Given that the above-mentioned factors do not seem to adequately explain this increased incidence, attention should be paid to the ethnic background of the populations. Interestingly, a recent report from a large database from the United States Department of Veterans Affairs suggests that Black and Hispanic individuals in the USA are experiencing an excess burden of COVID-19 that is not entirely explained by underlying medical conditions,28 which is in accordance with our results.

Recent reports from the USA suggest that the increased risk found in Blacks is not found in Asians, which is also in agreement with our data.34 These data point to possible differences arising as a result of ethnic background, in addition to other socioeconomic reasons, as a potential risk factor for COVID-19.

There are limited data regarding different susceptibility to respiratory viruses in people from different ethnic backgrounds. Some studies have suggested that racial minorities have greater susceptibility to influenza.35 However, many studies have failed to dissociate clinical outcomes from socioeconomic issues, particularly unequal access to health care. Indeed, different susceptibilities to COVID-19 based on genetic background that have an unequal distribution are just beginning to be explored.36–38

Finally, our data do not suggest an increased mortality risk for migrants. Of note is the finding that Black and Hispanic individuals did not exhibit increased mortality in United States Department of Veterans Affairs database,28 which in contrast to other reports from the USA.6 These data suggest that access to healthcare rather than ethnicity may be the major determinant of survival in COVID-19.

Conclusions

In conclusion, we report a selective increased risk for COVID-19 among certain migrant populations in Spain including those from Sub-Saharan Africa, the Caribbean, and Latin America that is not related to unequal access to health care. These groups may merit particular attention, especially when our country and others are experiencing an increase in COVID-19 incidence following the de-escalation of previous extreme social distancing measures.

Furthermore, our data may suggest different genetic susceptibility to COVID-19 among individuals from different ethnic backgrounds, a finding that warrants further study. Regardless of the reasons underlying the differential risk for COVID-19 in different migrant populations, our data serve to help identify individuals or groups at particularly high risk who may warrant special attention for both clinical and epidemiological reasons.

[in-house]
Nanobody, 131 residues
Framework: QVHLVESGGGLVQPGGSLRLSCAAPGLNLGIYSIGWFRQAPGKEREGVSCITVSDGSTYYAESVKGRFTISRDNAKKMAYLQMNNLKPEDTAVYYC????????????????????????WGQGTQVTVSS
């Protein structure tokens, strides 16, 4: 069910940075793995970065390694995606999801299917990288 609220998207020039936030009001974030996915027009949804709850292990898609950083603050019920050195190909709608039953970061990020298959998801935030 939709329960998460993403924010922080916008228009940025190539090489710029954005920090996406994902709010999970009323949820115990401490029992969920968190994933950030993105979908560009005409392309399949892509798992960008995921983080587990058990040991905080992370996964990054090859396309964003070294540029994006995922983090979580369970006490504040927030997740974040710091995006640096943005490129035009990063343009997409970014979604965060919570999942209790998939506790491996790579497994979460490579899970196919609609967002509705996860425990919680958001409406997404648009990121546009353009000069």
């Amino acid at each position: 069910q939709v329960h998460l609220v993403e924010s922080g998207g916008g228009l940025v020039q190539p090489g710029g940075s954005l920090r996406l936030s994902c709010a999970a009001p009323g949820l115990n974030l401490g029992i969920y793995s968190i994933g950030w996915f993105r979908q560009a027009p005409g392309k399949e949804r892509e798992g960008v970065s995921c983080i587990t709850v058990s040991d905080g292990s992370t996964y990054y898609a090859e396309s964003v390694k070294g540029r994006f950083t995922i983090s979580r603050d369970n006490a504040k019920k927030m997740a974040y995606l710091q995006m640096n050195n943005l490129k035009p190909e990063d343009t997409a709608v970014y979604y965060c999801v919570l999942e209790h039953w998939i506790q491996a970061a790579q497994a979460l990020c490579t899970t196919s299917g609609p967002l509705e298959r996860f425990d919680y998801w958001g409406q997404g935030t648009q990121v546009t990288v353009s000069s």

Funding

Supported in part by Instituto de Salud Carlos III, grant COV20/00644.

Conflict of interests

The authors declare no conflicts of interest.

This research has been approved by the Independent Review Board/Ethics Committee of the Hospital Universitario Fundación Alcorcón (Spain).

Appendix A. Alcorcón COVID Investigators: (Collaborators)

Alejandro Algora, Juan Carlos Alonso-Punter, Gregorio Bonilla Zafra, Mercedes Bueno-Campaña, Virgilio Castilla, Ana Isabel Díaz-Cuasante, Aurora Fabero, Rosa María Fariña, Isabel M. Galán, Isabel González-Anglada, M. Mercedes Izquierdo, Susana Lorenzo, Juan Emilio Losa, Margarita Mosquera, Carmen Noguera, Montserrat Pérez-Encinas, Gil Rodríguez-Caravaca, José Francisco Valverde.

Acknowledgements

The authors thank Dr Fernando Rodríguez Artalejo for critically reviewing the manuscript.

Appendix B
Supplementary data

The following are Supplementary data to this article:

References
[1]
Coronavirus Disease (COVID-19). Situation Reports [accessed September 31, 2020]. Available in: https://www.who.int/emergencies/diseases/novel-coronavirus-2019/situation-reports.
[2]
M. Palacios Cruz, E. Santos, M.A. Velázquez Cervantes, M. León Juárez.
COVID-19, a worldwide public health emergency.
Rev Clin Esp, 221 (2021), pp. 55-61
[3]
World Economic Outlook Update, June 2020: A crisis likeno other, an uncertain recovery. IMF [accessed June 24, 2020]. Available in: https://www.imf.org/en/Publications/WEO/Issues/2020/06/24/WEOUpdateJune2020.
[4]
CDC. Coronavirus Disease 2019 (COVID-19) in Racial and Ethnic Minority Groups. Centers for Disease Control and Prevention. [accessed September 31, 2020]. Available in: https://www.cdc.gov/coronavirus/2019-ncov/need-extra-precautions/racial-ethnic-minorities.html.
[5]
R.W. Aldridge, D. Lewer, S.V. Katikireddi, R. Mathur, N. Pathak, R. Burns, et al.
Black, Asian and minority ethnic groups in Englandare at increased risk of death from COVID-19: indirect standardisation of NHS mortality data.
Wellcome Open Res, 5 (2020), pp. 88
[6]
E.G. Price-Haywood, J. Burton, D. Fort, L. Seoane.
Hospitalization and mortality among black patients andwhite patients with Covid-19.
[7]
D.R. Holtgrave, M.A. Barranco, J.M. Tesoriero, D.S. Blog, E.S. Rosenberg.
Assessing racial and ethnic dispa-rities using a COVID-19 outcomes continuum forNew York State.
Ann Epidemiol, 48 (2020), pp. 9-14
[8]
The COVID Racial Data Tracker. The COVID Tracking Project. [accessed September 31, 2020]. Available in: https://covidtracking.com/race.
[9]
E.J. Williamson, A.J. Walker, K. Bhaskaran, S. Bacon, C. Bates, C.E. Morton, et al.
Factors associated with COVID-19-related death using OpenSAFELY.
Nature, 584 (2020), pp. 430-436
[10]
J. Jaqueti Aroca, L.M. Molina Esteban, I. García-Arata, J. García-Martínez.
COVID-19 en pacientes españoles e inmigrantes en un área sanitaria de Madrid.
Rev Esp Quimioter., 33 (2020), pp. 289-291
[11]
M.W. Hooper, A.M. Nápoles, E.J. Pérez-Stable.
COVID-19 and Racial/Ethnic Disparities.
JAMA, 323 (2020), pp. 2466-2467
[12]
Y. Ji, Z. Ma, M.P. Peppelenbosch, Q. Pan.
Potential association between COVID-19 mortality and health-care resource availability.
Lancet Glob Health, 8 (2020), pp. e480
[13]
D.A. Martinez, J.S. Hinson, E.Y. Klein, N.A. Irvin, M. Saheed, K.R. Page, et al.
SARS-CoV-2 Positivity Rate for Latinos in the Baltimore-Washington, DC Region.
[14]
J.T. Chen, N. Krieger.
Revealing the unequal burden of COVID-19 by income, race/ethnicity, and household crowding: US county vs ZIP code analyses.
J Public Health Manag Pract., Supp 1 (2021), pp. S43-S56
[15]
M. Chowkwanyun, A.L. Reed.